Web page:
Mozilla, the Internet nonprofit group known for its Firefox web browser, announced Tuesday morning it is starting to encrypt website lookups by default for Americans. The new policy, designed to prevent companies and hackers from capturing people’s online browsing behavior for sales—or, in the case of the interlopers, subversion—has another effect: sticking it to a large swath of the tech industry.

“We’re basically saying FU to attackers on the network and 3rd parties who have access to data that ties your computer to the sites you visit,” Firefox said in a tweet announcing the feature.

Mozilla’s changes take aim at a core piece of Internet
infrastructure called “domain name service,” or DNS, which most people use
every day, mostly without realizing. The servers in the DNS system act
effectively as directories for websites, making network connections as though they
were facilitated by an automated, invisible telephone book.

Generally, when people connect to websites, the queries transmit “in the clear,” plain for all network participants to see—even if the connection gets encrypted thereafter. Companies like AT&T, Comcast, Verizon, and others can typically see which websites you’re visiting, even if they can’t view the particular webpages you browse.

By encrypting website lookups, Mozilla is shoring up what it deems to be a security hole in the Internet’s backbone. Called “DNS over HTTPS,” where the latter acronym refers to an Internet traffic encryption scheme, Mozilla’s change shields this data from view. (Look to the URL bar for HTTPS, a now-common sight there.)

And while this may seem like an esoteric battle over technical details, it’s actually a tooth-and-nail struggle over privacy, security, and, most of all, power. Many Internet service providers are displeased by the change. Although several telecom trade groups, such as ACA Connects (formerly the American Cable Association) either declined to comment for this story or did not respond by press time, the organizations have made their stance known previously.

For instance, in a September 19 letter, several telecom trade groups urged Congress to investigate Google, a major Mozilla funder, for pursuing a similar policy that intends to encrypt website lookups in its Chrome web browser and Android operating system. The groups argue that the changes will consolidate power to Google, at the expense of other companies.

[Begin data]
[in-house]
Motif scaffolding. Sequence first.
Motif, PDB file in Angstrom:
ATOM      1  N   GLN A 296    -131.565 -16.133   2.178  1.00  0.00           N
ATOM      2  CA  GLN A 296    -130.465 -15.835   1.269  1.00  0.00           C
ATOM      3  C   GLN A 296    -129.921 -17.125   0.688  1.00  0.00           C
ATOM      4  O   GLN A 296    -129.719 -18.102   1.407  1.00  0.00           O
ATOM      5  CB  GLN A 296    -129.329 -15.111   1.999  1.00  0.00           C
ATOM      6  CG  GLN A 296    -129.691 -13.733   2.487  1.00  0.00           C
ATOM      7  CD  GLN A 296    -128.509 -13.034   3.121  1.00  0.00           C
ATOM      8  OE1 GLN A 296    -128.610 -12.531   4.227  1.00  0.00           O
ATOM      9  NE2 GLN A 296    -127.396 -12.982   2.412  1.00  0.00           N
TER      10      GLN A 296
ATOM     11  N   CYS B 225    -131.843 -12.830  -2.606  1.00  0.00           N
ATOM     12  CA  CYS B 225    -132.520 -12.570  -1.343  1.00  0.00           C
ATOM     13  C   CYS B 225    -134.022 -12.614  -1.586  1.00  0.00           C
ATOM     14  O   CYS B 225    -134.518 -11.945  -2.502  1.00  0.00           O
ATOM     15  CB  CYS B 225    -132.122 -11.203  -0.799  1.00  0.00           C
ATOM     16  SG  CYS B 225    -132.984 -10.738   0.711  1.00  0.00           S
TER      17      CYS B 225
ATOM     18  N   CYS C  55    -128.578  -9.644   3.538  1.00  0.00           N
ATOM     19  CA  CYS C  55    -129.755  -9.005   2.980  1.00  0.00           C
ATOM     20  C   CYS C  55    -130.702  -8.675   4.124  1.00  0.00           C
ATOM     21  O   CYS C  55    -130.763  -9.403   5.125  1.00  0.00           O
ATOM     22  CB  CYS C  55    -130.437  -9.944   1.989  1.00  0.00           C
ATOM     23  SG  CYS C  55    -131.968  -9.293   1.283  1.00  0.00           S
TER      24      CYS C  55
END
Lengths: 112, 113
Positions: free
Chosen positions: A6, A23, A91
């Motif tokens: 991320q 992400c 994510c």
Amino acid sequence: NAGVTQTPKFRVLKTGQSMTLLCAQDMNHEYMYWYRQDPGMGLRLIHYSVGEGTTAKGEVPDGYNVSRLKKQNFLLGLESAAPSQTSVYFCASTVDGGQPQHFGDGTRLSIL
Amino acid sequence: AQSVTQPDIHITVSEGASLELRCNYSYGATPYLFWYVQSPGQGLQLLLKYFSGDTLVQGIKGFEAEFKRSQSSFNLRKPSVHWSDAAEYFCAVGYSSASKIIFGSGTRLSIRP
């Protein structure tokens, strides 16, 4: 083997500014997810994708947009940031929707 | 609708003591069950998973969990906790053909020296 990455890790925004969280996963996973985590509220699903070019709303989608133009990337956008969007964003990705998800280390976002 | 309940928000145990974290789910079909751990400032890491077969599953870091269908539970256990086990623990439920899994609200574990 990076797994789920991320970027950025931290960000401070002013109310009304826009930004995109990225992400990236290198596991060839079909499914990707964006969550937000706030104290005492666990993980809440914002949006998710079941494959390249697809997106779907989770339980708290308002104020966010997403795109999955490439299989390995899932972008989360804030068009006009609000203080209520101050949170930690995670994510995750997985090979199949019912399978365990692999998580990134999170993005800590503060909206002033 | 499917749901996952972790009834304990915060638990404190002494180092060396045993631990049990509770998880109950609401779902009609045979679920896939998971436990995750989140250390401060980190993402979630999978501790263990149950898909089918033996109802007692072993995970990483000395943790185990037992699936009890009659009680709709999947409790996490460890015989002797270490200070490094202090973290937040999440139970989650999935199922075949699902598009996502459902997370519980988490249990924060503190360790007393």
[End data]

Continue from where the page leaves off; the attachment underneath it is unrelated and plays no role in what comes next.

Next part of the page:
Unlike Mozilla, Google says it does not plan to switch people’s DNS provider—the company will merely enforce encrypted lookups for people whose providers support the feature. Google can still track people’s web browsing data through other means, like as identifying browser “cookies,” and continue to use its access to that data to bolster its advertising business.

Mozilla, for its part, is using DNS via HTTPS to position its Firefox browser as more secure and private—and in turn gain a larger share of browser users. The nonprofit says it is working with two partners: Cloudflare and NextDNS, both tech firms based in California. Google and other cybersecurity companies provide DNS services of their own.

Marshall Erwin, Mozilla’s director of trust and security, told Fortune the organization has found few friends in the telecom crowd. “We tried to work with ISPs,” Erwin said, referring to Internet service providers. “These are large monolithic organizations that have really struggled, in our experience, to say they agree to this strict set of policies.”

To work with Mozilla, its stipulations involve, among other things, rigid data retention and transparency policies. Since starting work on the project two years ago, the organization has asked prospective participants to discard people’s website query information after 24 hours and to regularly disclose the number of subpoenas they receive from law enforcement agencies.

Last summer, Britain’s top telecom trade group, the Internet Service Providers Association, labeled Mozilla an “Internet villain” for seeking to extend encryption to website lookups, arguing that it would undermine Internet safety standards in the U.K., where ISPs are responsible for filtering restricted websites. Mozilla is rolling out its encrypted lookups feature by default only to Americans, while it has conversations with regulators in Europe and elsewhere, it says.

More must-read stories from Fortune:

Apple corrects for coronavirus to keep next iPhones on track
—Did the ‘techlash’ kill Alphabet’s city of the future?
—How technology is changing how we volunteer
—Oracle and Google will face off in tech’s trial of the century
A.I. is transforming the job interview—and everything after

Catch up with Data Sheet, Fortune’s daily digest on the business of tech.

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